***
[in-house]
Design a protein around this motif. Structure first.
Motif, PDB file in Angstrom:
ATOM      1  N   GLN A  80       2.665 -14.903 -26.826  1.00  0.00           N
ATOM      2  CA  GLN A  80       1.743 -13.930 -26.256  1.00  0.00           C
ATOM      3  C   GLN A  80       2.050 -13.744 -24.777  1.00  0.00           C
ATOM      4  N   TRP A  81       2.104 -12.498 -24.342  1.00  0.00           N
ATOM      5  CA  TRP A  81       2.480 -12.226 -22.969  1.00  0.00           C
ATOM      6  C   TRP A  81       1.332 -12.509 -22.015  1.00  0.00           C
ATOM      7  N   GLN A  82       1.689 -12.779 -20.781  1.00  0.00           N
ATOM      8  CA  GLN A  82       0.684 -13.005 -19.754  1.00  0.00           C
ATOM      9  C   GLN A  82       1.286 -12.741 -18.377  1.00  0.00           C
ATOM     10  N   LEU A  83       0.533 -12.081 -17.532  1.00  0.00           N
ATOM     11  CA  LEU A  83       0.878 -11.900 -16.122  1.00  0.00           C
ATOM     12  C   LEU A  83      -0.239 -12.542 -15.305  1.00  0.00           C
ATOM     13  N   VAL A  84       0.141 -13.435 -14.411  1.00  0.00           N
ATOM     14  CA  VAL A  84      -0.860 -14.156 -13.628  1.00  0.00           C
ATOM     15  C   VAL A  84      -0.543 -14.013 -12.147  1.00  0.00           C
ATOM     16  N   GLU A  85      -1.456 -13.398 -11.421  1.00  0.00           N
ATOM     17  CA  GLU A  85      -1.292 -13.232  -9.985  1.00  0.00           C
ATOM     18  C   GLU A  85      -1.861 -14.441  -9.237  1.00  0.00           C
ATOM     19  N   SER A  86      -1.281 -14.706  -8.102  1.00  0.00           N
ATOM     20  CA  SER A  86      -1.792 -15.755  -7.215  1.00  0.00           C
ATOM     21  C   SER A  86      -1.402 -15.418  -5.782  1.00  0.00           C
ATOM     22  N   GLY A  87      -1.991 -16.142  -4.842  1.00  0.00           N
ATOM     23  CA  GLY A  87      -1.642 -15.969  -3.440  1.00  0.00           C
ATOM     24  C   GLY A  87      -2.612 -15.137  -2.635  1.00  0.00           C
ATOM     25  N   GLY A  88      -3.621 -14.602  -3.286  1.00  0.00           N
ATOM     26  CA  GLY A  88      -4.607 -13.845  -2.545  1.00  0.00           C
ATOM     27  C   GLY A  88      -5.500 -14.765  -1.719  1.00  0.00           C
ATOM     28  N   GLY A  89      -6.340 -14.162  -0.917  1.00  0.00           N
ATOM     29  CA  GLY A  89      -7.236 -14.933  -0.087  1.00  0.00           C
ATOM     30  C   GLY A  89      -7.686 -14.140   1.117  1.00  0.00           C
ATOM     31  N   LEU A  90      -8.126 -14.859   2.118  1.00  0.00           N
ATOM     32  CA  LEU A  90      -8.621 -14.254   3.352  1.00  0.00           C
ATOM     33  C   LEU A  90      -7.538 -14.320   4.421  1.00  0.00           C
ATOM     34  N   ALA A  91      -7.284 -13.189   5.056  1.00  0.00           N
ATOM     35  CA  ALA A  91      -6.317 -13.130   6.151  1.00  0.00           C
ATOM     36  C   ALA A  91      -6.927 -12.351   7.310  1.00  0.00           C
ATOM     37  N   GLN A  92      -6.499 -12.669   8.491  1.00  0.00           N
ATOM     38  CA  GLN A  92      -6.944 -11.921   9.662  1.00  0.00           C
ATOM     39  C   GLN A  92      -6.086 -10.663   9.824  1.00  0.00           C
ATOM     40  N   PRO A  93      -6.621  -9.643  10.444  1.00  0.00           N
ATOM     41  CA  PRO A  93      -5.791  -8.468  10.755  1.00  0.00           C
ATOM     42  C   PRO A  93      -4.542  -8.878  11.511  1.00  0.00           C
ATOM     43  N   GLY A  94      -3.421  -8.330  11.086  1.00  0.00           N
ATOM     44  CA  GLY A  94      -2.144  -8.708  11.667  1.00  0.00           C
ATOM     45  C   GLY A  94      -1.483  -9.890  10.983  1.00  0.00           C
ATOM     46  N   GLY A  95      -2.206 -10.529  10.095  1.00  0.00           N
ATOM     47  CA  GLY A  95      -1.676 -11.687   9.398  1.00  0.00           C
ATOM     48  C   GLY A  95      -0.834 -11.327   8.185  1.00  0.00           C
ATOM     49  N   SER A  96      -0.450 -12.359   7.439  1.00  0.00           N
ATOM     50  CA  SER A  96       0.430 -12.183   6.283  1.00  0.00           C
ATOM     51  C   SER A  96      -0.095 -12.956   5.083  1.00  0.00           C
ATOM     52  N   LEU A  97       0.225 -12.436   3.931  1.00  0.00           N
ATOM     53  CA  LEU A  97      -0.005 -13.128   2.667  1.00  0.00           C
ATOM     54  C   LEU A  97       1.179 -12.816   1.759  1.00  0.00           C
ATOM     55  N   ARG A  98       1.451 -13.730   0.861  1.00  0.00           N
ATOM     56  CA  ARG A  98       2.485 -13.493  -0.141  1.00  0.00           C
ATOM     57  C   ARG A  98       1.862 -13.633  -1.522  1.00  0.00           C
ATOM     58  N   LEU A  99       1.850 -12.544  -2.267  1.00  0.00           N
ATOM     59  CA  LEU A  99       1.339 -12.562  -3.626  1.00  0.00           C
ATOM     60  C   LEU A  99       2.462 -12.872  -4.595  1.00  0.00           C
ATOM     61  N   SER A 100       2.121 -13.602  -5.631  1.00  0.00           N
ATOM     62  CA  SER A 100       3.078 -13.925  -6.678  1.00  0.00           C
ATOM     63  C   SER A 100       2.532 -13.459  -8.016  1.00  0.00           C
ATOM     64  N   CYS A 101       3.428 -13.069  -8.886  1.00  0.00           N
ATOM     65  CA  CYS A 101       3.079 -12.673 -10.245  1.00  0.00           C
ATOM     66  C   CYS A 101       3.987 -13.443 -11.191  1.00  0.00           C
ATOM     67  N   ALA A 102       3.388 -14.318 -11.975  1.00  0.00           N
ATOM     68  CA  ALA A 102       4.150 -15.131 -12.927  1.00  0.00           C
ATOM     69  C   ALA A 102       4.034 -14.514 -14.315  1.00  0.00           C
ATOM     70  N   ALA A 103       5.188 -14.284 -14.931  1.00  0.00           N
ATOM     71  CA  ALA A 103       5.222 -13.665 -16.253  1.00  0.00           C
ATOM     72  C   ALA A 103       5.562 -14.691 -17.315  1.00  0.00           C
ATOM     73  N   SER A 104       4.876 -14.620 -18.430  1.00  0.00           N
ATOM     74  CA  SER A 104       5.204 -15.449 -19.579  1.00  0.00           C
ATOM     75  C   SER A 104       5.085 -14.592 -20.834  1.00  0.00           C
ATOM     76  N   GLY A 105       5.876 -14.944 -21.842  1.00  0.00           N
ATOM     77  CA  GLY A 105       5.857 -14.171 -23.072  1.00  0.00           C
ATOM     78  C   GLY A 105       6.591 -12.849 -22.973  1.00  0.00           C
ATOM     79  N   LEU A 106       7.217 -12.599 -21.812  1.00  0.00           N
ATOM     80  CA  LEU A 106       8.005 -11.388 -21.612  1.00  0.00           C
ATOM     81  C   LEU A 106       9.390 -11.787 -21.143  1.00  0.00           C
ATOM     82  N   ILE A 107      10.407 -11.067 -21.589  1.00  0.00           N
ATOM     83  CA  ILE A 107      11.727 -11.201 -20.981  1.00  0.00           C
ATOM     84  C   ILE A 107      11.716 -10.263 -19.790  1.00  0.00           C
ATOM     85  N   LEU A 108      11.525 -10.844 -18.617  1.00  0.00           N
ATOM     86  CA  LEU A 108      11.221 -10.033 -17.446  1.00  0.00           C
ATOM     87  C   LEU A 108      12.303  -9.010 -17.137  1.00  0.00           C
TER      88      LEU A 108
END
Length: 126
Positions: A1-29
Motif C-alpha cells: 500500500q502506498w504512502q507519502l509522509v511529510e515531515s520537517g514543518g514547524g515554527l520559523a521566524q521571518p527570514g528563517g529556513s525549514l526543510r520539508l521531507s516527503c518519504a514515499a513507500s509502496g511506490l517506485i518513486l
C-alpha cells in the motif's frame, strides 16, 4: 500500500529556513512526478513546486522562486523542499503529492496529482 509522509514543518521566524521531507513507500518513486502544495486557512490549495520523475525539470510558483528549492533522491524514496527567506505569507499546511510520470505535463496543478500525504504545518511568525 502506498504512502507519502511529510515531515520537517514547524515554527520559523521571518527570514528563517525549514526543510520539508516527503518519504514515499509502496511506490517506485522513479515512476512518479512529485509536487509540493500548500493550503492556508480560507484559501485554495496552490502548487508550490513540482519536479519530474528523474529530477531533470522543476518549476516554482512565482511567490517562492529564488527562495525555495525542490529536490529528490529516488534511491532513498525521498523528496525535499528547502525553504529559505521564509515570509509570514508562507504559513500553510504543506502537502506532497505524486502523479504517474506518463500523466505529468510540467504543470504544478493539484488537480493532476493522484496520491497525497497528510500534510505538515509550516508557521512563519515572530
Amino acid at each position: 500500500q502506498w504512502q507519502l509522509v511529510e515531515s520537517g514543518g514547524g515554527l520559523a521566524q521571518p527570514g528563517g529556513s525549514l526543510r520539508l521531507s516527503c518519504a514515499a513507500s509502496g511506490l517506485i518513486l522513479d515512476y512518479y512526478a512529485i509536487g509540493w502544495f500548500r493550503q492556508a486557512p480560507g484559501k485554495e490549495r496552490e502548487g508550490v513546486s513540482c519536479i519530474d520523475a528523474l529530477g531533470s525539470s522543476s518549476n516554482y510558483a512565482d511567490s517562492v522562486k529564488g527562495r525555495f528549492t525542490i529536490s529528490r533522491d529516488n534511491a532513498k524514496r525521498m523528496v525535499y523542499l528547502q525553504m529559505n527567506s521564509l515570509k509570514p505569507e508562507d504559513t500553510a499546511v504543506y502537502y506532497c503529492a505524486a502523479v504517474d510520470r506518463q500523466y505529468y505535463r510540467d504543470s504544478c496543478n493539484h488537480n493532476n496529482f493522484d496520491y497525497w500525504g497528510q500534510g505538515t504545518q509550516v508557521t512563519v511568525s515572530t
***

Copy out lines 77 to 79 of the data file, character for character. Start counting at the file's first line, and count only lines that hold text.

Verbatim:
ATOM     74  CA  SER A 104       5.204 -15.449 -19.579  1.00  0.00           C
ATOM     75  C   SER A 104       5.085 -14.592 -20.834  1.00  0.00           C
ATOM     76  N   GLY A 105       5.876 -14.944 -21.842  1.00  0.00           N